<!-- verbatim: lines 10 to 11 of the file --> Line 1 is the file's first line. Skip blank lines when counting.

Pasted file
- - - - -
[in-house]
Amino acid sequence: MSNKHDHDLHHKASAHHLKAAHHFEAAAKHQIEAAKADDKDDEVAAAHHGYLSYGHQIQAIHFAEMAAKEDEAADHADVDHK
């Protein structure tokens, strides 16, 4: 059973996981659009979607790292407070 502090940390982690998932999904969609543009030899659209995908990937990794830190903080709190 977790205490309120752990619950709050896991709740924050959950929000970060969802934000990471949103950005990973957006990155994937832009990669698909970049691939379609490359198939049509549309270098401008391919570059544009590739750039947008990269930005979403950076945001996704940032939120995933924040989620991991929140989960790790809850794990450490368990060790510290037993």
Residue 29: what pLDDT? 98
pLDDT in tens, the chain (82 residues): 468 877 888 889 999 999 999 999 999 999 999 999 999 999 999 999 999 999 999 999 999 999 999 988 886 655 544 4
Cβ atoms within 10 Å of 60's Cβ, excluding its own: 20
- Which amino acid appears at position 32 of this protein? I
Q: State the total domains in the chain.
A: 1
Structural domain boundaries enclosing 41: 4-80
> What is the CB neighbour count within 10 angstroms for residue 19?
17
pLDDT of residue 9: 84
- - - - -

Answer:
Structural domain boundaries enclosing 41: 4-80
> What is the CB neighbour count within 10 angstroms for residue 19?